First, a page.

'Nymphomaniac' Returns With Brutal S&M In 'Volume II'
Lars von Trier's overlong, messy and kind of dumb sexual odyssey of Joe (Charlotte Gainsbourg) finally reaches its conclusion. Buoyed by a great performance from Gainsbourg, Nymphomaniac Vol. II packs more intellectual and emotional heft than its predecessor. Vol. II picks up where Vol. I left off, with Joe reunited by sheer chance with the one man (aside from her father) who found the way into her heart: Jerôme (Shia LaBeouf).
The second volume is also framed by Joe telling her story to a man who provides her shelter, Seligman (Stellan Skarsgård), and it's divided into chapters like the first volume (this is the same movie, after all, just split in two). Vol. II moves along at a more easygoing pace, using three subdivisions instead of five, and the pace of Joe's sexual conquests always slows. The erudite digressions from Seligman also feel less dunderheaded in this half. Charlotte Gainsbourg takes over the role from actress Stacy Martin as Joe becomes older and a mother. Despite domestic bliss and a child with Jerôme, there's still a great void within Joe.
Where she was sidelined as the narrator in the first volume, Gainsbourg now dominates the screen. Martin's portrayal of Joe was so intentionally alienating and detached from any other human in sight (beating Scarlett Johansson as the first alien sex fiend to hit the screen this year) that it feels almost like an entirely different character. Gainsbourg gives Joe a forceful assuredness and weary sadness that is undeniably magnetic and compelling.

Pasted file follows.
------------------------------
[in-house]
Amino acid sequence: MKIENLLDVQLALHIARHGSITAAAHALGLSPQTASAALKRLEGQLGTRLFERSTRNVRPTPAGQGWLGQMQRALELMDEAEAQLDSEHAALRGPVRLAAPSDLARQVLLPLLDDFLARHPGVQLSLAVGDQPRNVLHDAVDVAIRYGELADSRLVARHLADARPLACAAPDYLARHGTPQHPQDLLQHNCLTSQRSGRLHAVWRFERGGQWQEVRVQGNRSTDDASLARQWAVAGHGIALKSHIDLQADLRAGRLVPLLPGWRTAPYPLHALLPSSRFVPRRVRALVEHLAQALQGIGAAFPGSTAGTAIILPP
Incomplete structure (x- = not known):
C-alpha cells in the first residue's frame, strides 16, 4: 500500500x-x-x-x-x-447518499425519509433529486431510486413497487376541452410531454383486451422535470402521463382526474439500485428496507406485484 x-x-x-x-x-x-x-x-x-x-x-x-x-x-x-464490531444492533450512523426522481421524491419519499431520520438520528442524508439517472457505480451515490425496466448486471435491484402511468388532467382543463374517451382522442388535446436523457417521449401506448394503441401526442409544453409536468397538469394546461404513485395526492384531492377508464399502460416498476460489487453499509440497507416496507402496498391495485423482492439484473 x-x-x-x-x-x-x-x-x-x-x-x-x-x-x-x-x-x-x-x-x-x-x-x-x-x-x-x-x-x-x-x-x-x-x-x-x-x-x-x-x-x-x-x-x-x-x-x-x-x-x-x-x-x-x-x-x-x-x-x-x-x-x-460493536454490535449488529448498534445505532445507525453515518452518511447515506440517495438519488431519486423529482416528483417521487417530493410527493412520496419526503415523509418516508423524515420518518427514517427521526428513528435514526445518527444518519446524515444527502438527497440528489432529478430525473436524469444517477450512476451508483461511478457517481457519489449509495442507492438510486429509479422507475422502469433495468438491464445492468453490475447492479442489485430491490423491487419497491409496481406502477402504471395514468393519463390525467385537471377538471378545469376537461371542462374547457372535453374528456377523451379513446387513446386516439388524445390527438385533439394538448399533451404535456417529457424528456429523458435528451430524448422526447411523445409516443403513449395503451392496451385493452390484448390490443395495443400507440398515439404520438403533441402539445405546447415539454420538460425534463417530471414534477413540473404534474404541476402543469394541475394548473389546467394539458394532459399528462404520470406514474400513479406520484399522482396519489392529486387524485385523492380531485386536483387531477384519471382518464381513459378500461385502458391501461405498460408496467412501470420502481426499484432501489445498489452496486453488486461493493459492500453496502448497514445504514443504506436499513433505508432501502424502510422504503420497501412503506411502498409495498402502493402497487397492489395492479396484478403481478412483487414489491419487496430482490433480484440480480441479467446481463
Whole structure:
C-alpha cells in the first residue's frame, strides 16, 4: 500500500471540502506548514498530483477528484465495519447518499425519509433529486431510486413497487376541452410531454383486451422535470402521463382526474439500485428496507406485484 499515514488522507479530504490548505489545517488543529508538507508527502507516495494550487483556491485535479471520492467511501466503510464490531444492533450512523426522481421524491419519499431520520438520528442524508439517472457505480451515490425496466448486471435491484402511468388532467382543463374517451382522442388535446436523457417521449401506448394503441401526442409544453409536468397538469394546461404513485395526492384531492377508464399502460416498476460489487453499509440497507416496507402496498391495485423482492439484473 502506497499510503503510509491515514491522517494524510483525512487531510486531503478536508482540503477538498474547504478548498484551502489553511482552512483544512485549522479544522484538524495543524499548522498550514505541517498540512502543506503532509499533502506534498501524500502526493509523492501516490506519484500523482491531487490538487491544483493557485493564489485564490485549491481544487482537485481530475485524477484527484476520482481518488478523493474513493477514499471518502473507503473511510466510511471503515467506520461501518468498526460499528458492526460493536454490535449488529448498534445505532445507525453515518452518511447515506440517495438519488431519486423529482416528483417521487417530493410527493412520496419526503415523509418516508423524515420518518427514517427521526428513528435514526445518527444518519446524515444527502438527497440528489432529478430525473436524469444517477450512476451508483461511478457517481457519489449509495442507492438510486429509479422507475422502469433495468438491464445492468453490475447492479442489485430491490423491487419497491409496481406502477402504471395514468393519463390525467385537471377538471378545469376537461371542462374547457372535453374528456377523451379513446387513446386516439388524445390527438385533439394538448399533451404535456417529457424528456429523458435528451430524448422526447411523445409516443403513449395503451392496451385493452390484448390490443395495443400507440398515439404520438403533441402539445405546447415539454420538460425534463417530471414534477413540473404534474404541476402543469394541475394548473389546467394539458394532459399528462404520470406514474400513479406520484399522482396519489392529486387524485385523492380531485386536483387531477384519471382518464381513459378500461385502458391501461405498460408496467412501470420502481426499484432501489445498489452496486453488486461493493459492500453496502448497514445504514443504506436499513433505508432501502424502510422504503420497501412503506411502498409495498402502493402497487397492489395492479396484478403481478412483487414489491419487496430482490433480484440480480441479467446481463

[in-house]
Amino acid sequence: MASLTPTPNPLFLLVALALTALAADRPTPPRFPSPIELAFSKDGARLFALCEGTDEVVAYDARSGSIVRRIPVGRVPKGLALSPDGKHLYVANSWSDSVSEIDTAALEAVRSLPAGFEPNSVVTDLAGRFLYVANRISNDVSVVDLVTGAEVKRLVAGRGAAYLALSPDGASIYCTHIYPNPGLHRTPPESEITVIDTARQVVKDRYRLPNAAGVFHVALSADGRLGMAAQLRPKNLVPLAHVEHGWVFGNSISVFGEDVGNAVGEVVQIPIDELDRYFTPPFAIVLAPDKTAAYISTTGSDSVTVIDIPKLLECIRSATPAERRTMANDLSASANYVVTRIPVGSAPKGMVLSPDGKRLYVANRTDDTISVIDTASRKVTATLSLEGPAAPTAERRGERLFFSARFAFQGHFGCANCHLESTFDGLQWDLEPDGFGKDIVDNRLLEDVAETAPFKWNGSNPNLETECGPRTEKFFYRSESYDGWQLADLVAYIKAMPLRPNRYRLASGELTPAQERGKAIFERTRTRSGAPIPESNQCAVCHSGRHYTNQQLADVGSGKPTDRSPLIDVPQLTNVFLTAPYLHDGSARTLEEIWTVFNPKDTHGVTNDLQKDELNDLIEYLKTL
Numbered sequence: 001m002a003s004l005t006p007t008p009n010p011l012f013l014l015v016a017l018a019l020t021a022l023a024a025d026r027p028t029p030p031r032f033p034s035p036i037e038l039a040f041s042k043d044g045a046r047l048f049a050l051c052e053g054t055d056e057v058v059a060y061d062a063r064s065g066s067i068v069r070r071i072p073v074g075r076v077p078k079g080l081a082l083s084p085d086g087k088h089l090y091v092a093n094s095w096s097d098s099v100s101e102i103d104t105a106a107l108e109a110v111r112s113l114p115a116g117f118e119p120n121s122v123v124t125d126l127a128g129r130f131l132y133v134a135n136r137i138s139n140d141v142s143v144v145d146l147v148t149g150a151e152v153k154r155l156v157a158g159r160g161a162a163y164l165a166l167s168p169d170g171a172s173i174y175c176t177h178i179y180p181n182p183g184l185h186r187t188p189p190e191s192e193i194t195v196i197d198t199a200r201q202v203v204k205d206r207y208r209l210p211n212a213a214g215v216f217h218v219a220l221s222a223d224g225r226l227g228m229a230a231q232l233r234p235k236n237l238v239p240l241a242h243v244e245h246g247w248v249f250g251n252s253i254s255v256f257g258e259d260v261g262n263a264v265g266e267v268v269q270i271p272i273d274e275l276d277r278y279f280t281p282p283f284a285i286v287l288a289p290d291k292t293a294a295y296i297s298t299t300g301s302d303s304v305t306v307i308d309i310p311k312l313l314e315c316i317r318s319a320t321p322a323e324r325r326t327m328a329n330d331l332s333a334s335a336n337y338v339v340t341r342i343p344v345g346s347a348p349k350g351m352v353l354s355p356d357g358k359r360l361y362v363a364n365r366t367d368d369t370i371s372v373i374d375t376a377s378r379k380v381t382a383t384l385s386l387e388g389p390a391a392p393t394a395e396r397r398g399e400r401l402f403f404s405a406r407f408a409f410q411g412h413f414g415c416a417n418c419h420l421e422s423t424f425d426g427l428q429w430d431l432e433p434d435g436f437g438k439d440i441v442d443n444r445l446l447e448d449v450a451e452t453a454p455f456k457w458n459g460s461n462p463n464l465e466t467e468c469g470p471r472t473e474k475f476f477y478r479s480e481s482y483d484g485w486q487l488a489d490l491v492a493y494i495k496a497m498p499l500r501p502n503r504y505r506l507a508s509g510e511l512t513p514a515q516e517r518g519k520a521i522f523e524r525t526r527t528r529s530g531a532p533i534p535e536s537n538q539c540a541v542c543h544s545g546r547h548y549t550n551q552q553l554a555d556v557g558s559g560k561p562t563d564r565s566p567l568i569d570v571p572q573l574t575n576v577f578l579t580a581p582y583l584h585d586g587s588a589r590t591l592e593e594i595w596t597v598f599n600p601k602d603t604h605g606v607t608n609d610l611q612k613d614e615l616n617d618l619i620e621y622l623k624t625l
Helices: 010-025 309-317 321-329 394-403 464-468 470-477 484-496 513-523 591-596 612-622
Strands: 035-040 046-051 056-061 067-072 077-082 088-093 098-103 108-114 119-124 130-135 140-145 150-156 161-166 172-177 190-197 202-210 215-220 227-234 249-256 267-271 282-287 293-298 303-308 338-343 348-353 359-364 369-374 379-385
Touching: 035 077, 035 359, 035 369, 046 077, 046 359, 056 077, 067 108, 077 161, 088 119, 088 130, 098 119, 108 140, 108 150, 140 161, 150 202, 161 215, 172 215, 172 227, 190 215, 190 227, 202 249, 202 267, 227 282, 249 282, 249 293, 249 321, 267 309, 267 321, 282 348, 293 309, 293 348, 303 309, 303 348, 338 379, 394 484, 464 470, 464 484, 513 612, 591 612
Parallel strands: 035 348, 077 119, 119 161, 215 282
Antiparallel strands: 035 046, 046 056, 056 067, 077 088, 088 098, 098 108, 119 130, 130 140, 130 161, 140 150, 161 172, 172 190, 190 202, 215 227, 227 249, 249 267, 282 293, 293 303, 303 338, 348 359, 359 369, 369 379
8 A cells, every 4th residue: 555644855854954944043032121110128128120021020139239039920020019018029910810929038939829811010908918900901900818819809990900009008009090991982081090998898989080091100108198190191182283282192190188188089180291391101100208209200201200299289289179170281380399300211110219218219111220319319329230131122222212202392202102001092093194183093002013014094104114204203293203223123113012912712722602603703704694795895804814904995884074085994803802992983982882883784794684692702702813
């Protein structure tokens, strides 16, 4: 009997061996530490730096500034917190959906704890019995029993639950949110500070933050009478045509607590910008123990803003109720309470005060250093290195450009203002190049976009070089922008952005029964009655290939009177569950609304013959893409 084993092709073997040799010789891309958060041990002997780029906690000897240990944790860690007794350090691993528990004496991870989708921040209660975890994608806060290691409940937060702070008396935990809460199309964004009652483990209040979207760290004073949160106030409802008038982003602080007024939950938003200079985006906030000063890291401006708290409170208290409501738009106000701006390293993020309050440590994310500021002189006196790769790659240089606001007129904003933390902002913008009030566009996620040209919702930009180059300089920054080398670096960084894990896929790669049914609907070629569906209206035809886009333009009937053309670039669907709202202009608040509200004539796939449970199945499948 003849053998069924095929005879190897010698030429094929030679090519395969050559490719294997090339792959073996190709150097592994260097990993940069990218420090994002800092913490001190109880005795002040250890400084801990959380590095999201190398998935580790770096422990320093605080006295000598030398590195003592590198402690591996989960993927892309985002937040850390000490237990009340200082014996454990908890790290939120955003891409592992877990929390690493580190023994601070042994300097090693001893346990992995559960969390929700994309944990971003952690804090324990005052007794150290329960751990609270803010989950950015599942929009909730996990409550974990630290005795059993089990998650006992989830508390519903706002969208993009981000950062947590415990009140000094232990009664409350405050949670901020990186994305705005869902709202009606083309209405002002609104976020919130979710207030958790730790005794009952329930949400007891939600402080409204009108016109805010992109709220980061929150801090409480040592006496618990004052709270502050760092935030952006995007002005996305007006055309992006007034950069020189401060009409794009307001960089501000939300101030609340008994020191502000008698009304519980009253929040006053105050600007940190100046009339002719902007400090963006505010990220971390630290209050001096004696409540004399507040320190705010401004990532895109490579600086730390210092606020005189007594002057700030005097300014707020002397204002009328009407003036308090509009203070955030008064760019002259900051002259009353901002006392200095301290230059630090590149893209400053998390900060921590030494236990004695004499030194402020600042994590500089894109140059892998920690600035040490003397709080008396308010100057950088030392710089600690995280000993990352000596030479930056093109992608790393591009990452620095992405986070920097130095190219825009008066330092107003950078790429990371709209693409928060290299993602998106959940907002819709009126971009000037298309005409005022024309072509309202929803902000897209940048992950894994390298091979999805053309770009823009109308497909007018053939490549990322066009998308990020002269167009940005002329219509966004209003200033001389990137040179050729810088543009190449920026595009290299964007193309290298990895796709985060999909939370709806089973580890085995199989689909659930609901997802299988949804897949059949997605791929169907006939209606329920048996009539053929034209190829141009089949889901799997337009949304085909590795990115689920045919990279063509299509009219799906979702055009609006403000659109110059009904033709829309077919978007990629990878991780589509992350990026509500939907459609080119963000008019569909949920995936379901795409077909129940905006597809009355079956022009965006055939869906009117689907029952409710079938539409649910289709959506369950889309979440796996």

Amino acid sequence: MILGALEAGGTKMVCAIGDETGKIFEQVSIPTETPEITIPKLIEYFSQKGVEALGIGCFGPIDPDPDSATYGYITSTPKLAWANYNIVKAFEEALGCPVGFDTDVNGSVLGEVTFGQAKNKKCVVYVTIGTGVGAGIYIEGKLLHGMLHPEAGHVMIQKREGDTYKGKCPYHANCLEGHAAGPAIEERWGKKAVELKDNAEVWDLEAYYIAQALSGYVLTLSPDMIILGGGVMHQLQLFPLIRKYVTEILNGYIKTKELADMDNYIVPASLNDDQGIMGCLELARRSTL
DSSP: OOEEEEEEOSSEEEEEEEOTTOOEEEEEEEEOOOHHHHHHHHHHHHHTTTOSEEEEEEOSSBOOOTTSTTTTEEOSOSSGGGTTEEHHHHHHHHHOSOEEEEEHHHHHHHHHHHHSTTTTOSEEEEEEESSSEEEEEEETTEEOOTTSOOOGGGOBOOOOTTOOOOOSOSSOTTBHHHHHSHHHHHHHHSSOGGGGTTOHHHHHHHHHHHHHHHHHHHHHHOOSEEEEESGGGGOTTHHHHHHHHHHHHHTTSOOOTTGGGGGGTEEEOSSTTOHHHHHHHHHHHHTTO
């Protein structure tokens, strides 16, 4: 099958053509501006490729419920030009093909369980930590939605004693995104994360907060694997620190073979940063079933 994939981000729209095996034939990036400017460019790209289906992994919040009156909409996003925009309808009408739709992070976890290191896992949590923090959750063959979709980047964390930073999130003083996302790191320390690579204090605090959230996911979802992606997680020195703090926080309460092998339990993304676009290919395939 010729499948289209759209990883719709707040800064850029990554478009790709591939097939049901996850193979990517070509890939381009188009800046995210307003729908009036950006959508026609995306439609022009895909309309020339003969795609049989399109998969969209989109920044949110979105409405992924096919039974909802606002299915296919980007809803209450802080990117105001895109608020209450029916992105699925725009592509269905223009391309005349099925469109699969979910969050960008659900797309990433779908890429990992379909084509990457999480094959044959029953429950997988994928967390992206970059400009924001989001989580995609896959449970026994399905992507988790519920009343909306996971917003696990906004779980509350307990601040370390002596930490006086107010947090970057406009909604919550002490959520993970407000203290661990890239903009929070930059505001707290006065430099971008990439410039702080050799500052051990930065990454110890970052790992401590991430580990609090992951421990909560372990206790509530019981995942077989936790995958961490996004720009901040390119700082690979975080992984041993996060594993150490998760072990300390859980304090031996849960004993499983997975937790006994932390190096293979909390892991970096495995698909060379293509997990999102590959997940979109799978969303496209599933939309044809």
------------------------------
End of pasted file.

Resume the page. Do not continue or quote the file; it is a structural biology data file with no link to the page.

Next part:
Because of her insatiability, her relationship with Jerôme on the rocks ("When you buy a tiger... you also have to feed it," he says to her). So Joe is given carte blanche to sleep with other men again. Regaining her freedom, she wills her way to an unwilling dom simply known as K (Jamie Bell). Where Vol. I hit you over the head with montage after montage of clinically presented sex acts, the pièce de résistance of the entire work comes in Vol. II, as a series of brutal S&M scenes. Let's just say there's no safeword.
She is unable to control her impulses to visit K, letting it endanger the life of her child and tear apart her marriage. Joe does what the most prudish of audience members who have somehow made it far this would've been clamoring for her to do all along: admits to herself to therapy. But she shuns its sex negativity, declaring "I am a nymphomaniac and I love my filthy, dirty lust" in a therapy session and storms out. She figures out how to channel her abilities into a clandestine career, working for an underworld figure of indeterminate trade (Willem Dafoe) that seems to put Joe back on feet, only to stammer back into the vortex that leads her to wind up bloody and beaten in the alleyway at the beginning of Vol. I.
Nymphomaniac still remains somewhat unsatisfying and feels incomplete, as the many plot digressions quickly lead us to narrative and emotional dead ends. Ever the prankster, von Trier doesn't even allow for the audience or Joe to land on a grace note, suddenly pulling the rug out from under us in its final and unexpected moment. It's Gainsbourg's fortitude that is the heart and soul of the film. Much like von Trier's previous film, Melancholia, the beauty of the tragic woman's grace amidst a downward spiral of misery draws you in.
Nymphomaniac Vol. II is available On Demand and on iTunes. It will be released in theaters on Friday, April 4th, nationwide. In Los Angeles it will open at the Nuart Theatre (West LA).